Lowering the amount of crude protein in a dairy herd’s diet can save on feed costs while decreasing excess nitrogen and ammonia emissions. And it doesn’t have to adversely affect milk production.
Lowering the amount of crude protein in a dairy herd’s diet can save on feed costs while decreasing excess nitrogen and ammonia emissions. And it doesn’t have to adversely affect milk production, says Larry Chase, Cornell University Extension dairy nutritionist.
Chase proved all those points while working with two New York dairies – Herd A with 400 cows and Herd B with 700 cows by the time the eight-month trial ended.
Crude protein was reduced by about 1 percentage point for Herd A, from 17.5% to 16.6%, and less than that for Herd B, from 17.7% to 16.9%.
“The first herd we fed more corn silage and less haylage. Why? It didn’t have enough haylage to make it through the year. We took out some of the soybean and replaced part of the steam-flaked corn, part of the bypass fat and some months we had high-moisture corn and some we didn’t. It was a combination of things to balance the ration,” Chase says.
The second herd also was fed more corn silage as a percent of the total forage because it, too, had a deficient haylage inventory. “In fact, it was so short that, even though we went with more corn silage, we had to go from 60% forage to 48% forage in that herd during the trial.”
Part of the reason was that the dairyman was expanding his herd, Chase says.
“In both cases, we made some changes – lowered some of the feed costs per cow per day. But, as I tell our people in New York, I don’t really care. To me the important number is income over feed costs.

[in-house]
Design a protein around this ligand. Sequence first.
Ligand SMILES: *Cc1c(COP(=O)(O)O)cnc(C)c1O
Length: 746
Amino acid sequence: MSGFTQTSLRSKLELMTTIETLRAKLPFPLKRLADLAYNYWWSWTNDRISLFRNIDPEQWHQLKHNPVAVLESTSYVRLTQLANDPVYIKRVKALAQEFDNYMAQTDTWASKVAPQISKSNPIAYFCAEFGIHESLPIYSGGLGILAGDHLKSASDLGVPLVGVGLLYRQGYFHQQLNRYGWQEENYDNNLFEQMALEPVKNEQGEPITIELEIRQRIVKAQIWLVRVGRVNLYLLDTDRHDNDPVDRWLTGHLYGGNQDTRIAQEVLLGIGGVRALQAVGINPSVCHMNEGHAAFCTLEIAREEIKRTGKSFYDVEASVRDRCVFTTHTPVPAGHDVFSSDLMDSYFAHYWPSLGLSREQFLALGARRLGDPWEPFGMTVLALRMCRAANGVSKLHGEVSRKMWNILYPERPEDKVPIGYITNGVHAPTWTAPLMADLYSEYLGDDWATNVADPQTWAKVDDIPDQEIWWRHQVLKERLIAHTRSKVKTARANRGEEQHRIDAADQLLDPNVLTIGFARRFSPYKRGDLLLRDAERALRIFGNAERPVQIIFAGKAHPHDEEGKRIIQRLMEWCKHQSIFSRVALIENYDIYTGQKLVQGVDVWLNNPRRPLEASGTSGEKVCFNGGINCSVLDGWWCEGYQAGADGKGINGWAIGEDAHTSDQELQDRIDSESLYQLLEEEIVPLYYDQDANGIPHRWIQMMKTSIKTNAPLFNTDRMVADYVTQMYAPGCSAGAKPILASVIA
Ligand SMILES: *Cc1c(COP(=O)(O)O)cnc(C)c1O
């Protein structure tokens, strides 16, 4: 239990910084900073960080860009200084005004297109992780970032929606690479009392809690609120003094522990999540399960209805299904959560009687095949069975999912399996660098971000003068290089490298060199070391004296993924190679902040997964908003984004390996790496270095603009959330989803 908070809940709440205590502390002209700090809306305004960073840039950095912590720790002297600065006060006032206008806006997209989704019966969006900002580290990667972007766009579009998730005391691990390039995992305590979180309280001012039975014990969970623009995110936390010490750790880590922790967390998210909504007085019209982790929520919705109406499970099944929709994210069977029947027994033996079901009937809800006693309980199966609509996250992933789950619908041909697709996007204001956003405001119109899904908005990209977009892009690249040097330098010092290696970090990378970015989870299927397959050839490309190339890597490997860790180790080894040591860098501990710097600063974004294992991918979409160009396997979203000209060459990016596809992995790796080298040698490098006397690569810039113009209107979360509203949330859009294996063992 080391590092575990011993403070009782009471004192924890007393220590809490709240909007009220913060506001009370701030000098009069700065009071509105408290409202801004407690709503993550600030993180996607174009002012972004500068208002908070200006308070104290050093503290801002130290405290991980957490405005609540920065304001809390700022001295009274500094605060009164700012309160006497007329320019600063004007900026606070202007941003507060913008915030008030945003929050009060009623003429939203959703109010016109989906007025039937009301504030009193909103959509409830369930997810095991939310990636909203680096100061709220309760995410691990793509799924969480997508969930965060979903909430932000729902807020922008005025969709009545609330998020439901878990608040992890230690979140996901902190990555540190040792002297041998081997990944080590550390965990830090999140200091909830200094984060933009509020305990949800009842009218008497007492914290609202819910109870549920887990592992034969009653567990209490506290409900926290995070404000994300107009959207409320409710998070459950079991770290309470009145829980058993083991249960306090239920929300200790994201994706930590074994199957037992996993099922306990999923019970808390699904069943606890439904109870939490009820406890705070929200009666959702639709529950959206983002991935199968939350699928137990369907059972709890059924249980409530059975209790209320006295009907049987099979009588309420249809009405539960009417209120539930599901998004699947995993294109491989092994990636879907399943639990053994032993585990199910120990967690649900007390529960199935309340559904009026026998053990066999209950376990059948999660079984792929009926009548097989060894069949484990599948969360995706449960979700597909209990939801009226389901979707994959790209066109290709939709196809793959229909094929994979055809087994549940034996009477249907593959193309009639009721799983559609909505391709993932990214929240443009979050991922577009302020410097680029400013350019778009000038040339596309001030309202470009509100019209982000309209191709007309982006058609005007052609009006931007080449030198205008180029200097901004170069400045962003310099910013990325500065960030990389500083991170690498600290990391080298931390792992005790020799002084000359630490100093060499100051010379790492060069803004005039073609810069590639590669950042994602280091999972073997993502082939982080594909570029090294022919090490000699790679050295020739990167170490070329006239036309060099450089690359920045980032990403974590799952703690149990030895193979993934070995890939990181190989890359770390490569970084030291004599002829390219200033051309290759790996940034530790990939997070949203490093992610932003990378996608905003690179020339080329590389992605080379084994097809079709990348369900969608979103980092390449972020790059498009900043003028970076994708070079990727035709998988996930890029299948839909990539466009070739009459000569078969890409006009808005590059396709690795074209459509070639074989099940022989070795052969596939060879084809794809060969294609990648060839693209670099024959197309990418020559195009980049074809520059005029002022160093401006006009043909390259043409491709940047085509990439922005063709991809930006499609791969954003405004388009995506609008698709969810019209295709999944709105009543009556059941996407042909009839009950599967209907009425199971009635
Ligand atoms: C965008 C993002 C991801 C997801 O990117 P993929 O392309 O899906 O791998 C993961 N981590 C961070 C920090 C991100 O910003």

“Income over purchased feed cost increased 89¢/cow/day in Herd A and 35¢/cow/day in Herd B. That’s a fair amount of money when you start adding it up with the number of cows.”
The dairies saw an increase in percent milk true protein, related to a decrease in ration fat levels and an increase in starch. A two-unit decrease in milk urea nitrogen (MUN) values reflects the cows’ improved nitrogen (N) utilization and less N excretion, making the low-protein diets an environmentally friendly move.
Data from 10 nutritionists or consultants, on Wisconsin, Michigan, Pennsylvania and New York herds fed low-protein total mixed rations, showed a number of similarities:
- Most herds had high milk production, greater than 80 lbs/cow/day.
- MUN values were consistently less than 12 mg/dl for all but one herd.
- Most herds were fed high-forage rations – 55% or greater total forage.
- Ration fat levels tended to be moderate while non-fiber carbohydrates and starch levels were in the higher range.
- Corn silage was the main forage for all but one herd, which fed only grass silage.
- Herds showed high N efficiency.
Challenges to lowering crude protein, according to a 2006 survey of feed industry people that Chase quotes, have to do with consistency and quality of feeding equipment and management as well as daily forage quality variations.
Other factors include: lack of on-farm forage dry matter determinations and use of this data to adjust quantity of feeds added to mixer wagons, herd grouping and ration strategies, an increasing level of soluble protein in home-produced forage, the rising use of baleage on some farms, accuracy of forage samples and forage lab analyses and limited availability of daily MUN values as a monitoring tool.
“Don’t get hung up trying to go to 16% or 15% or 14%. Think about the herd you work with. Can we lower it by half a point to a point? That might really be a big deal in many herds,” Chase advises.